We're making incredibly fast progress on the two trenches at Oven Site, heading east to find the front of the house and digging south up the hillside to follow the back of the house. Our volunteers have been wonderful - Chloe came out again and Matt took a stab at it today. In the past three days, we've put up the shade/rain tarp which, coincidentally due to its pitch, gave us a wonderful sense of the size and interior space of what the house may have looked like when standing in the 17th century.
|Chloe, John, Anima, Kristina, Leigh, Krystl|
|Jonathan's "Casual Friday" digging stance|
We quickly got through three layers in the four units to end by today at the top of the house destruction layer, circa 1712 - a great place to end our first week's work, poised to both define the front of the house and start recovering material from the floor of the house when it was occupied. Several fragments of coarse slipped earthenware redeposited in the upper layers provided a promising glimpse into what hopefully is to come.
|Jonathan and Matt|
|Anima taking elevations with|
a water level
|Vertically challenged archaeology|
The SW corner was 25 cm below the datum point, while the NE corner was 179 cm below the datum - all in the same meter square. Hiding in the rubble were two cedar logs that must have been buried there for decades, yet were in remarkably solid shape - a testament to the durability of Bermuda's famous shipbuilding timber.
We've also been very busy beyond our Smiths Island work. We spent a day in the Bermuda Archives discussing how archaeologists combine documentary research using a wide array of sources with fieldwork and excavations to maximize their understanding of the past and guide their searches for new sites. Jonathan and Anima embarked on independent research projects fleshing out the lives of the residents of the Old Rectory and Seven Gables, two historic houses in St. George's that date to the 1690s. We were able to see original records from the Bermuda Company period dating to the 1620s (and imagining the author penning the words by candle or lamp inside a palmetto thatched timber frame house like the one we're excavating), poring over Richard Norwood's 1663 survey map, and learning the names of the slaves who lived in St. George's homes in the 1821 colony-wide slave register.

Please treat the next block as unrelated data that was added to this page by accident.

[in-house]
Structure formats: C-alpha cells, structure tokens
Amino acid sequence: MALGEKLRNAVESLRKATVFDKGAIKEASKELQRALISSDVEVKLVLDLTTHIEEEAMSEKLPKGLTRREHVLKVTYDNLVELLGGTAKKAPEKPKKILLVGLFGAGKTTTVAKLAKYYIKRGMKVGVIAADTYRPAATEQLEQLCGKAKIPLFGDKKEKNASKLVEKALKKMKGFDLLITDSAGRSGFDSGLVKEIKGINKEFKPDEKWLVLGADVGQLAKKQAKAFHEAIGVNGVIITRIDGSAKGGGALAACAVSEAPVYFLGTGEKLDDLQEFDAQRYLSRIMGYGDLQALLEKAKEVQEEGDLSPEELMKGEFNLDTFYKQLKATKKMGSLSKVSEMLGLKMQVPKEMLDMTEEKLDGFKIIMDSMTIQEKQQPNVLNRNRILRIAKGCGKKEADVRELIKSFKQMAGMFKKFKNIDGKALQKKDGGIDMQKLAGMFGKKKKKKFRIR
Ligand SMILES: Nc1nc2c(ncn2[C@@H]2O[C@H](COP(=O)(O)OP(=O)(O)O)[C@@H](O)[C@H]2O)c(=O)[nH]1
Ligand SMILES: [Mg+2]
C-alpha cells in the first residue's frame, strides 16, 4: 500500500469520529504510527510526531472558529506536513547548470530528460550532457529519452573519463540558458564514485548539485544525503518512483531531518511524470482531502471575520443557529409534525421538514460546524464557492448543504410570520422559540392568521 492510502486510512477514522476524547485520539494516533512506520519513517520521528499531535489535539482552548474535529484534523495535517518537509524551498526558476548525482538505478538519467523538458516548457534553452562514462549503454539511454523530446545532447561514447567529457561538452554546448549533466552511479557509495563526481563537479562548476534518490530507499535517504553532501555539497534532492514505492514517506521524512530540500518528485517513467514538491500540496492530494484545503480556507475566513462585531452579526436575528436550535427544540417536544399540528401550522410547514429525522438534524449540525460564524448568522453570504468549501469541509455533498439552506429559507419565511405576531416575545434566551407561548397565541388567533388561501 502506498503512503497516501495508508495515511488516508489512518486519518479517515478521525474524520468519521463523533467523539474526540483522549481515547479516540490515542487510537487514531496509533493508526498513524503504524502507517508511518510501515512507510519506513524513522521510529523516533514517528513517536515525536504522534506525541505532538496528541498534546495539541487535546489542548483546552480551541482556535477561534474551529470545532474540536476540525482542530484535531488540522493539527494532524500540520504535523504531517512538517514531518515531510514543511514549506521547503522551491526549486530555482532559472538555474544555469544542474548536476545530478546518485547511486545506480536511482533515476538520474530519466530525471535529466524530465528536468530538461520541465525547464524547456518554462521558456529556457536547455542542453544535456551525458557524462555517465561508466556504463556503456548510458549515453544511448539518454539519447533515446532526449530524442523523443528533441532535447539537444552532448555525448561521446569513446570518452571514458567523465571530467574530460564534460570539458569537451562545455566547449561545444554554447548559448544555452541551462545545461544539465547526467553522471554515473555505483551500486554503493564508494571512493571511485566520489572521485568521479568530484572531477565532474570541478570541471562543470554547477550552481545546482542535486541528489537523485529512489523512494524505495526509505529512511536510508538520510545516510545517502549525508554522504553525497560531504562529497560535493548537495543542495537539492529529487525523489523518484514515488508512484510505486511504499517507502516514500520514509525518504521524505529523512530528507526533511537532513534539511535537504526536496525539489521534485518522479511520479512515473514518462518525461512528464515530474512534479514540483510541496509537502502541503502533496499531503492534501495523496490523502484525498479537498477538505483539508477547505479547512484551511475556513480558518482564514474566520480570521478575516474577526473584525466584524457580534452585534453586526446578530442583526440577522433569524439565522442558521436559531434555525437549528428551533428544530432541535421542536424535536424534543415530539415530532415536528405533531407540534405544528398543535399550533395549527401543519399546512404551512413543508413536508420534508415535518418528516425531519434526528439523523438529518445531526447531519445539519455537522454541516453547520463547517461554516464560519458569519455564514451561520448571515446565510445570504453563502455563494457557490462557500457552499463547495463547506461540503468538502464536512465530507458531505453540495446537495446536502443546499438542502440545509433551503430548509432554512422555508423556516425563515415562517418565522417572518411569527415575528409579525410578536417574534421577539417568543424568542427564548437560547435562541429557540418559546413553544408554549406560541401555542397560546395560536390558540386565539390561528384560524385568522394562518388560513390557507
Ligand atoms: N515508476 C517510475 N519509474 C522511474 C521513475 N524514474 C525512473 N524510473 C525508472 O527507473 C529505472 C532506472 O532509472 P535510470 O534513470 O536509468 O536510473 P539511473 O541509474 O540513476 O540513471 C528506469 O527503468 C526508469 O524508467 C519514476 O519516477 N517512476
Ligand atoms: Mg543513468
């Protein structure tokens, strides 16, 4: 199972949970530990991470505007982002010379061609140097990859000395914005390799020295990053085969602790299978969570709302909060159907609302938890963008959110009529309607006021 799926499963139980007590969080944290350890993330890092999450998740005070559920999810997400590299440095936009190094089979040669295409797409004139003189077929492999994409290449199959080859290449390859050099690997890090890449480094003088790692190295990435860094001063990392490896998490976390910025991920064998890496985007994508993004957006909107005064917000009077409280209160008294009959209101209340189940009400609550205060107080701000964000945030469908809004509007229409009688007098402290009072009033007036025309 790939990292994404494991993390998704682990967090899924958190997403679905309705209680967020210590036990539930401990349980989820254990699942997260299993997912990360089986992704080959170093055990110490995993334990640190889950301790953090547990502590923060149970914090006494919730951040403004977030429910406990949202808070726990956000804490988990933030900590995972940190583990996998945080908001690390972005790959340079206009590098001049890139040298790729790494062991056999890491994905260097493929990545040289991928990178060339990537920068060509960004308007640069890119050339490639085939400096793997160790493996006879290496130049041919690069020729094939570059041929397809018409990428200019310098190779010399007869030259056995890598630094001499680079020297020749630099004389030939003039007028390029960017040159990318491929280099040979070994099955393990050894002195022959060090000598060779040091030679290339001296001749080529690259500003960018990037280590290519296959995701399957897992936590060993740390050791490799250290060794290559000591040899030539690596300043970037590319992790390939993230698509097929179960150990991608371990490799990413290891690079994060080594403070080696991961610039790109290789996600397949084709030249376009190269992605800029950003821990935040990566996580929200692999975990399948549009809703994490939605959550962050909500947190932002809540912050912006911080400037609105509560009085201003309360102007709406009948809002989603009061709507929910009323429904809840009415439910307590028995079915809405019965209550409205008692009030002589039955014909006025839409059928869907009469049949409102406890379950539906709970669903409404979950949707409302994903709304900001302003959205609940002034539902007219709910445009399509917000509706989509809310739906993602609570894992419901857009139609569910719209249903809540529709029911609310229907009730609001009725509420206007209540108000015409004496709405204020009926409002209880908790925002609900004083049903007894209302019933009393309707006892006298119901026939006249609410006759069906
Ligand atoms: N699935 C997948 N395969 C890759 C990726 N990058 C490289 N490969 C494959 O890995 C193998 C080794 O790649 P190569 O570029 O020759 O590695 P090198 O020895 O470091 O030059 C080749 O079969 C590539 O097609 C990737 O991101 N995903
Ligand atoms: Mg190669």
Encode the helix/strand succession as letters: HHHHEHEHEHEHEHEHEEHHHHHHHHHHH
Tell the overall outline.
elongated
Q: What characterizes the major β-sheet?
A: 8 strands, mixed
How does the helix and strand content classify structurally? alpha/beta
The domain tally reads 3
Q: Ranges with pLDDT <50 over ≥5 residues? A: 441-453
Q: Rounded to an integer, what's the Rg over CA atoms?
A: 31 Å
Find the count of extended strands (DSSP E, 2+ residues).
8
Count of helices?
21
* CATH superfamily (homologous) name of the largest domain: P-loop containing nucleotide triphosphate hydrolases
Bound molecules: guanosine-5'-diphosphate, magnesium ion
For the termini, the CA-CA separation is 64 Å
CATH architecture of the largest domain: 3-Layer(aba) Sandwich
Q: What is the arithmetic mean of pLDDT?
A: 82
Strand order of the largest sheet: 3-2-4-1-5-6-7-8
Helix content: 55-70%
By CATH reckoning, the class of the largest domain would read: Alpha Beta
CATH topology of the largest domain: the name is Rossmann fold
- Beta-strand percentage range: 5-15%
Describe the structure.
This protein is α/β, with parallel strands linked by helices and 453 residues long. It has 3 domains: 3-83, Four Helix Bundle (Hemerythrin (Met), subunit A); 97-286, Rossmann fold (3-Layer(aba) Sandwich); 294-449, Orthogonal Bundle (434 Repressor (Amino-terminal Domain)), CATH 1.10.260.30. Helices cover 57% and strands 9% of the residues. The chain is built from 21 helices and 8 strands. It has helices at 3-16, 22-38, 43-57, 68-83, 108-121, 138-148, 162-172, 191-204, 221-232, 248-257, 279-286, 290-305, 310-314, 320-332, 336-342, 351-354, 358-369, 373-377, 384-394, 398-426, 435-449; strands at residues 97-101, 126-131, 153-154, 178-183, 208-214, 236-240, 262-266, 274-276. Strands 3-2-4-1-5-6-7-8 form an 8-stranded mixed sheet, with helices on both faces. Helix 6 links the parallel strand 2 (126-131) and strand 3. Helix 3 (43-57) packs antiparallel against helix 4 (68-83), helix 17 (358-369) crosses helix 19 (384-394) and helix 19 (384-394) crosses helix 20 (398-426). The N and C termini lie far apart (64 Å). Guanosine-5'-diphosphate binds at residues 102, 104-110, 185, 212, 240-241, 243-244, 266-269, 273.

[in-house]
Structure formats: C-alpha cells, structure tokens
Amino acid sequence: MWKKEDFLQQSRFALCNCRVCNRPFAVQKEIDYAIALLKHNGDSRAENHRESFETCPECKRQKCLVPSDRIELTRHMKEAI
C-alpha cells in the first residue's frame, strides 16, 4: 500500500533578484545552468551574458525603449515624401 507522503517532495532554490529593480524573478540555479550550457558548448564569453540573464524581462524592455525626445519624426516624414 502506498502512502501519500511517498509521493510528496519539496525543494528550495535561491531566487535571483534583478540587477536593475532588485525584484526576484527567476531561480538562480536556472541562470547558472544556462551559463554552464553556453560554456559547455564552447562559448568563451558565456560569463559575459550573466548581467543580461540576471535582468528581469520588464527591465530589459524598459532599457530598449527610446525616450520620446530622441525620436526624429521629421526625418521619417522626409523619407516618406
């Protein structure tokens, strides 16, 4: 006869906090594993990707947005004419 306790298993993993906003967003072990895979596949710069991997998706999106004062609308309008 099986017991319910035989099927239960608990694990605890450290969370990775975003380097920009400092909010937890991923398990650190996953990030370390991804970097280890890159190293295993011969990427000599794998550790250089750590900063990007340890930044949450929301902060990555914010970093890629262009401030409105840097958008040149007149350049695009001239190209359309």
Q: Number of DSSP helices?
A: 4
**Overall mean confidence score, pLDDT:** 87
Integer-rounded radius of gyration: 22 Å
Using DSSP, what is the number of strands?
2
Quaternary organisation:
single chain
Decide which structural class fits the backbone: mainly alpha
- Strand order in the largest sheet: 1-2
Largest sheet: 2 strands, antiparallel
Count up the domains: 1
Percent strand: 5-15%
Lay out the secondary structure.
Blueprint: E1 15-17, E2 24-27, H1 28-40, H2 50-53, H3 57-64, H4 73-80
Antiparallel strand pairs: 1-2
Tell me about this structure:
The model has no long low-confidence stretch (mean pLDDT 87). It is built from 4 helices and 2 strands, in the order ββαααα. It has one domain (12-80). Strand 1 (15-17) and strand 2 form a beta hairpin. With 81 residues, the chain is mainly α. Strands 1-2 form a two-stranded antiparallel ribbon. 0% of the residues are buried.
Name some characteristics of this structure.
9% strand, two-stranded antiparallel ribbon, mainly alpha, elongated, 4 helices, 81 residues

Andrew and Carla were supportive and great as ever - two of the coolest archivists you're likely to meet...
And finally, we had our second annual outing and tour exchange with my old ship, the Corwith Cramer, which is in St. George's until Tuesday. Students came out this afternoon to tour our sites (Oven Site, CHB Site, Cotton Hole Bight) and asked a lot of great questions, especially about the environment and ecological change over the past 400 years. We had dinner aboard the Cramer and the U of R students got a sense of shipboard life and routine from talking with their students (who are midway between St. Croix and NYC, to end up at Woods Hole).
|Sunset story time with Uncle Mike|
After dinner, we all went out to Alexandra Battery on St. George's eastern coast, where I told them the story of Christopher Carter (the First Bermudian) and the Sea Venture to fill them in on the significance of the "Three Sailors"/CHB site we're investigating - a fantastic location to tell the tale, since we could look east to see where the Sea Venture now lies and gaze down on Building Bay, where the Deliverance was built. The site of Sir Thomas Gates's castaways' camp is likely nearby as well, although if so then likely destroyed by the many recent houses in the area. All in all, a fantastic day. Tomorrow we're off to dive/snorkel out on the western reefs, looking at shipwrecks and comparing land archaeology with underwater archaeology (not in your boat, Geoffrey!) - and hoping the poor weather forecast proves to be premature or exaggerated!